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Obviously, the answer is because his parents are mean. Or crazy. Or both. At least, I suspect it looks a bit like this.

The real reason is that we think Simon wants to quit for the wrong reasons, and we’re not going to let him until or unless we’re all miserable for another month or two. Simon really likes drumming. We started with the lessons in the first place because it was something he liked playing at. And at the beginning, it was great. His very kind teacher Mr. Shirley would show him something, and Simon would do it. Then he’s show him something new, and Simon would do that, too. It was eeeeeeaaaaasy.

Drum Lesson

Then it got trickier, and Simon couldn’t replicate everything the first time he tried. He had to actually, you know, try a few (or a bunch of) times before mastering a new beat. But while Frank proudly sang “Mistakes, I’ve made a few…” and seemed not at all bothered by it, Simon equates mistakes with failure and embarrassment. Which means the first time he’d be introduced to a new rhythm or beat, he’d either freeze from panic and say “I can’t do that” or collapse into snotty sobs if he didn’t succeed on the first try. Sometimes he’d do both.

You cannot imagine the number of lectures Matt and I have given on the importance of mistakes. How if you aren’t making mistakes, you aren’t trying. How if you are learning something new, it’s not even a mistake yet!  How if he’s not making mistakes, then Mr. Shirley has nothing to do. We’ve told him all of that. Over, and over, and over again.We even had Simon teach me for a while, so he could see an adult make a mistake and move on.

Sometimes we’d pull it off. Other times Simon would develop mysterious stomach ailments right before drum classes that magically disappeared if we canceled. Matt and I were honestly ready to throw in the towel about two weeks ago for all the reasons you are no doubt thinking to yourself right now. “He’s only six. This is supposed to be fun. If it’s making him sick, stop and try again later.” Yup we thought all those things, too.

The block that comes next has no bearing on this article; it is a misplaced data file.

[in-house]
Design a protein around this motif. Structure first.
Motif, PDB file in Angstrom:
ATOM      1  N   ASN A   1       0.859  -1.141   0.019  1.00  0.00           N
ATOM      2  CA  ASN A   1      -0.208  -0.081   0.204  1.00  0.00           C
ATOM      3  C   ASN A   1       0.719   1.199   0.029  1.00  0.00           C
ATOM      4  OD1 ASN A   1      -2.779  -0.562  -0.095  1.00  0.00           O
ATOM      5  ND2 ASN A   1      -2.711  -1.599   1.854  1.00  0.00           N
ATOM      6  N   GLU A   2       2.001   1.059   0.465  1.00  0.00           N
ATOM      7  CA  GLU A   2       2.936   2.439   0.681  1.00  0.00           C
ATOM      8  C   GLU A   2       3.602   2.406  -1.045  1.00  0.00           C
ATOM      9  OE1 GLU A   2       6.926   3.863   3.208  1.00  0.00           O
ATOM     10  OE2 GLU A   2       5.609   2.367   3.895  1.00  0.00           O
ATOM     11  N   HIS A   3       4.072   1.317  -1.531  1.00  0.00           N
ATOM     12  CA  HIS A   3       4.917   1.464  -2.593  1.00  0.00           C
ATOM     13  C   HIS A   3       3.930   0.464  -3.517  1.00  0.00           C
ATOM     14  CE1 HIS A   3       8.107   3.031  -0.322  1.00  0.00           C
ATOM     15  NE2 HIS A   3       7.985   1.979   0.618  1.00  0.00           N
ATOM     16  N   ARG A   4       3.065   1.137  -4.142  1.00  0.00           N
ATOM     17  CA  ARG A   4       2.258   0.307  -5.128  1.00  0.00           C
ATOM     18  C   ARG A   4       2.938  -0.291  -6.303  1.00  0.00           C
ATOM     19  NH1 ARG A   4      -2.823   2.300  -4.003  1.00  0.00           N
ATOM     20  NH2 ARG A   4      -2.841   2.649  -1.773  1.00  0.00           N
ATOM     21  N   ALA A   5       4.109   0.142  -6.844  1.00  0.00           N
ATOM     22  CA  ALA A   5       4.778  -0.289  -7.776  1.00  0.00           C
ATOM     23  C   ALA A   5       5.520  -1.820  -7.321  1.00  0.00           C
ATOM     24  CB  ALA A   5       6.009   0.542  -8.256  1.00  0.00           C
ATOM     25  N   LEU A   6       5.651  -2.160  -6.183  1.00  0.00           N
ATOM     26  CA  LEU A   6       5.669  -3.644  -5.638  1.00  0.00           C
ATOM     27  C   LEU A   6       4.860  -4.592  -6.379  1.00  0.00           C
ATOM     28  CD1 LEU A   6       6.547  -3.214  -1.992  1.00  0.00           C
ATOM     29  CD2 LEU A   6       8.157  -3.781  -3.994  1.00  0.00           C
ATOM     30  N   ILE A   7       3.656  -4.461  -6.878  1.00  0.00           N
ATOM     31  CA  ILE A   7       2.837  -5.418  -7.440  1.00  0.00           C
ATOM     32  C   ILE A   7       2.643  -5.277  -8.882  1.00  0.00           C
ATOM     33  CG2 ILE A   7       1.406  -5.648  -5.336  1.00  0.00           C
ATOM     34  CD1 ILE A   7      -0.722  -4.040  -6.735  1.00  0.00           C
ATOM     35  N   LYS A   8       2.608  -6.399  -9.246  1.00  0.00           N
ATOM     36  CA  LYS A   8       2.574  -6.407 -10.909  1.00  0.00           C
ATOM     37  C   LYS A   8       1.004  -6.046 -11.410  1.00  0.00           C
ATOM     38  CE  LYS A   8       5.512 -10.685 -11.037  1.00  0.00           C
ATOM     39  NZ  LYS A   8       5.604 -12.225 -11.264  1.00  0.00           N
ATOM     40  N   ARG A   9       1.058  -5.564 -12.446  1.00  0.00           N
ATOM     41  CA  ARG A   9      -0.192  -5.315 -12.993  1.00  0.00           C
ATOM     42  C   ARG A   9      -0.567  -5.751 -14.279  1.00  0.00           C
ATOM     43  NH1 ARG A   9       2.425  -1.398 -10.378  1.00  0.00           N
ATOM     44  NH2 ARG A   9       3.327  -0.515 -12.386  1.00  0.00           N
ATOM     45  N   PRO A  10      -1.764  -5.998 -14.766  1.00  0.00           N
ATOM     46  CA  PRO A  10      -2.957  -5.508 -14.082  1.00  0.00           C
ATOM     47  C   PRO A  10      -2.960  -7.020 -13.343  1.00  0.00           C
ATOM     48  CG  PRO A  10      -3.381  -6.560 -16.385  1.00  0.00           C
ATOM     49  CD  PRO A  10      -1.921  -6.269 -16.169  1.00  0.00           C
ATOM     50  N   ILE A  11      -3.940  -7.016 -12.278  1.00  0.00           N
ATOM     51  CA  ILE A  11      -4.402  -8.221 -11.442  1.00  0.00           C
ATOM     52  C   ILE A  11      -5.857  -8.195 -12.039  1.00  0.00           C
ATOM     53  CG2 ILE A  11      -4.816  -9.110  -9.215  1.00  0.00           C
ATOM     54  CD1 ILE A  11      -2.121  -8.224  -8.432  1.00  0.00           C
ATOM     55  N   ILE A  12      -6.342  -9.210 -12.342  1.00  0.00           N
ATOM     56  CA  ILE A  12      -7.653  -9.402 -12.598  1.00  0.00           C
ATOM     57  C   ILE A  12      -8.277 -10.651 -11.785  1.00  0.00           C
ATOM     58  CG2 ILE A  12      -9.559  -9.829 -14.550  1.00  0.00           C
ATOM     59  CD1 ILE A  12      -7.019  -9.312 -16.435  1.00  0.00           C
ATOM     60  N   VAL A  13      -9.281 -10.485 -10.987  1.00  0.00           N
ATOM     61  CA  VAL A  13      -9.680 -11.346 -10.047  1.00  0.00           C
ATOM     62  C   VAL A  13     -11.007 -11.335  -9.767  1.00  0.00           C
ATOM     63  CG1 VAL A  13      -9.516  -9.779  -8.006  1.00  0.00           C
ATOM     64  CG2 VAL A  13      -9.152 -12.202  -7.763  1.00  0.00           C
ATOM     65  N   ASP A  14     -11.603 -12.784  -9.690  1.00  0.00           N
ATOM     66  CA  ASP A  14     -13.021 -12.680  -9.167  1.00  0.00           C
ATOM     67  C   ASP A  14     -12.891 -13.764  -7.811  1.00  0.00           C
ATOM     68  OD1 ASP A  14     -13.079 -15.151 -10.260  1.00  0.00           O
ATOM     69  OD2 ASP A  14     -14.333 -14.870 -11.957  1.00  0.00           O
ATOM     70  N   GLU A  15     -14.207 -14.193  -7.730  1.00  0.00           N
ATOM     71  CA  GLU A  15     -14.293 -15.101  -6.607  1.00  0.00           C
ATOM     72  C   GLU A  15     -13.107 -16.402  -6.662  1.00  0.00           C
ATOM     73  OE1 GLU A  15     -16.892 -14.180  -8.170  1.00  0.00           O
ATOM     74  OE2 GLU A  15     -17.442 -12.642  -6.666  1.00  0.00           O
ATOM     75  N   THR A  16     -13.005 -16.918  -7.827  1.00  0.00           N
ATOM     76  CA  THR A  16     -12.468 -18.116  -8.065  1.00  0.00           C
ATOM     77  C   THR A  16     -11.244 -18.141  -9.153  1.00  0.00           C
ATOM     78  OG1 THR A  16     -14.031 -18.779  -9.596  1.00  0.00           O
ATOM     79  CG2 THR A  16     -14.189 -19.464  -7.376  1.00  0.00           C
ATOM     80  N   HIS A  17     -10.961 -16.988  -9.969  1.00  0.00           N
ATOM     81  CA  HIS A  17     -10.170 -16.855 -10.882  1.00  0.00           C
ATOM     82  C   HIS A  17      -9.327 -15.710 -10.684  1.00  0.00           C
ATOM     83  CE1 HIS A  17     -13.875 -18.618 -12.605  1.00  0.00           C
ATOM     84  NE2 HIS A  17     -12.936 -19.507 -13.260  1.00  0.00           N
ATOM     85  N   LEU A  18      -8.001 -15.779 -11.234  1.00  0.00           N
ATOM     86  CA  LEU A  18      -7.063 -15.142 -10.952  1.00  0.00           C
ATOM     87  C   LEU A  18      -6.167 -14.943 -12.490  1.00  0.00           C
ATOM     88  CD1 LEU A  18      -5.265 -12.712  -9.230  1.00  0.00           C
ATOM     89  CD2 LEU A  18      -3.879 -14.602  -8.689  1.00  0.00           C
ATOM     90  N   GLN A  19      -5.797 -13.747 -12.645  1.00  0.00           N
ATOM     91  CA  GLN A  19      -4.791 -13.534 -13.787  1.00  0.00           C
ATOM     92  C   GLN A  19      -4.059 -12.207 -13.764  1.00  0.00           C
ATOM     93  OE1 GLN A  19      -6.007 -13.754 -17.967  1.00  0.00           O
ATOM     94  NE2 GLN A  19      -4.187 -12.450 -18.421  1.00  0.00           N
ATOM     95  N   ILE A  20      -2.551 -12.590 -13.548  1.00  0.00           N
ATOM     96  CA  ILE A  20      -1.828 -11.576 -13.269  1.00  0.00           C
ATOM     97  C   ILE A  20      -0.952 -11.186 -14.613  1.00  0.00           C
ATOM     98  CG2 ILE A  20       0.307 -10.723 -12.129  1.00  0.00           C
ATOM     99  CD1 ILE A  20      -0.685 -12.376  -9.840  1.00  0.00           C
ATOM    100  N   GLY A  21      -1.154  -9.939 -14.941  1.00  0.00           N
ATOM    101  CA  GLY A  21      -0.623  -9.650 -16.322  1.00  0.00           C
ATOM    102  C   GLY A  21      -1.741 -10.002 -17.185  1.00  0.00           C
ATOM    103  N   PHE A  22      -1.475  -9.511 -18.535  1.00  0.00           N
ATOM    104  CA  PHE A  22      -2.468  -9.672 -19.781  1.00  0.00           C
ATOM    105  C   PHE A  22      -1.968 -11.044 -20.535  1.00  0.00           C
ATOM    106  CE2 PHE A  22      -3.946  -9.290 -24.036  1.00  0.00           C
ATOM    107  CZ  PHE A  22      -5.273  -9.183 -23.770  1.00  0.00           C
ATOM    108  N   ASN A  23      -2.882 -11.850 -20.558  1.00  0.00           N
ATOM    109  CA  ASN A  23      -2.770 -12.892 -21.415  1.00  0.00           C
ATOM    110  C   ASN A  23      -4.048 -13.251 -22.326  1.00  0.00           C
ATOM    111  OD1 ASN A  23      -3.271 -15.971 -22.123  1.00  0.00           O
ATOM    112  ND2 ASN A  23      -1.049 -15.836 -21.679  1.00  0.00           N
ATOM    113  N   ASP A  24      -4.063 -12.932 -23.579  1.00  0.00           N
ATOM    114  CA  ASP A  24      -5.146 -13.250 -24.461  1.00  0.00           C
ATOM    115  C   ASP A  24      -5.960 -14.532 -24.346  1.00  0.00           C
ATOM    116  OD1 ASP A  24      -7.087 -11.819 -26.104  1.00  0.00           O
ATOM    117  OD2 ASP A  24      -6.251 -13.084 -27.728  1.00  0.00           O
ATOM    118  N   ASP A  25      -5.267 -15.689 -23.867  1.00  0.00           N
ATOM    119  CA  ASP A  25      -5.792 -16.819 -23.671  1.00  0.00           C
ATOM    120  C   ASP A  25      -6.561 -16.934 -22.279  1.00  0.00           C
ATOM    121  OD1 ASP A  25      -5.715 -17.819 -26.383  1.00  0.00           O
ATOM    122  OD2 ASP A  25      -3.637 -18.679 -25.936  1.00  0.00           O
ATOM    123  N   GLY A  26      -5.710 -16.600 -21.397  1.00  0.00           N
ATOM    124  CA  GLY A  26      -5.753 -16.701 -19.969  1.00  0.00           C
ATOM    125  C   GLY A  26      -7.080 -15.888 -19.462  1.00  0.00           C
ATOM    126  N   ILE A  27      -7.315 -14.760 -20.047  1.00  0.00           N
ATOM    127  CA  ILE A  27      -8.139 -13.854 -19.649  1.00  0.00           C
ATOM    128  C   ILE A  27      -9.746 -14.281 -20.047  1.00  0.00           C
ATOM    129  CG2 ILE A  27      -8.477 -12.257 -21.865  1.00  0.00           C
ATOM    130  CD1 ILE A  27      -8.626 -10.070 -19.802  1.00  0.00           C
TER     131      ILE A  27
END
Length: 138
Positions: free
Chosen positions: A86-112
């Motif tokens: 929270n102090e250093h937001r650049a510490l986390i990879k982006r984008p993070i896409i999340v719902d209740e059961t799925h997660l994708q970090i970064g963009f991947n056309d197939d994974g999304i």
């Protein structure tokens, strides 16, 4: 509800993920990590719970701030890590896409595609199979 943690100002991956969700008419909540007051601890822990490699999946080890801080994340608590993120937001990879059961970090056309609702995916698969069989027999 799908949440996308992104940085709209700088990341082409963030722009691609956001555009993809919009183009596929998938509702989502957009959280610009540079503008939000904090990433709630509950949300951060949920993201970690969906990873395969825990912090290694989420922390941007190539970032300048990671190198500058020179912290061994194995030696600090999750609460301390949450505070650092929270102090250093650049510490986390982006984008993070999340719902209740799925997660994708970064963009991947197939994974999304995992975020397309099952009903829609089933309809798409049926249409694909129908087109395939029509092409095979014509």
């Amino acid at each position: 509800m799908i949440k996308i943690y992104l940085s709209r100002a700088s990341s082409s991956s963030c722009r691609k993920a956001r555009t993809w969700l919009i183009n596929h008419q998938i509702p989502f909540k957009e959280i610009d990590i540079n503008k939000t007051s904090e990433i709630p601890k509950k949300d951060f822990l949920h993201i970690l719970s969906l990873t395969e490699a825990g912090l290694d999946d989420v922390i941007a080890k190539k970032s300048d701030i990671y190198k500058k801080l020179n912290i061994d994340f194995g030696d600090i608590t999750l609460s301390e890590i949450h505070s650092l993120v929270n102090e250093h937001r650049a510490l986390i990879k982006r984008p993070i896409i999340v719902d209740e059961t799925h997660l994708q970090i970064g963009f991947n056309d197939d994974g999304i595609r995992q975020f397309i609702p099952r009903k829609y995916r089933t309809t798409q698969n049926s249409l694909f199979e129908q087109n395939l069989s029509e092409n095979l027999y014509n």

Then a funny thing happened on the way to cancellation. Simon started drumming with his hands all the time. On the dining room table, on the couch, at a restaurant, everywhere. He’d listen for beats in music and drum along in the car. It became increasingly clear to me that Simon liked drumming, just not drumming lessons. Or more specifically, just not the part in drumming lessons where he might make a mistake.

We may yet have to take a break because of this perfectionism, but we were not going to let a child who enjoys drumming stop taking drum lessons without a fight. Not with a child for whom perfectionism is a problem, and not with a child for whom frustration when things get difficult is a challenge. And especially not after last week’s parent-teacher conference, when Mr. Sowder suggested I not let Simon give up when the going gets hard. He needs to learn to cope with mistakes and persevere when things get hard. And if he can start working on these challenges now, he’ll be that much further along when the stakes get higher down the road.

Happily, last week’s lesson was terrific. Matt tipped off the teacher, and he took a different approach to the lesson. Simon got to pick some beats of his own choosing, he played almost exclusively on the kit instead of on practice pads, and together he and the teacher came up with sentences or words to match specific beats. I’m hoping that this week’s lesson is going much the same. If it is, Mr. Sowder will thanking me next week. And Simon? Well, he can thank me in about 14 years when he understands why his dad and I pushed him so.


One Response to “Why Simon Can’t Quit Drum Lessons”

  1. Amanda says:

    Good for you. He HAS to learn to make mistakes, and that it’s okay. He HAS to learn to fail and pick himself up again. You and I have seen too many kids in college for whom everything was given or easy, and how they can’t handle it when they get to college and all of a sudden they don’t do so well.

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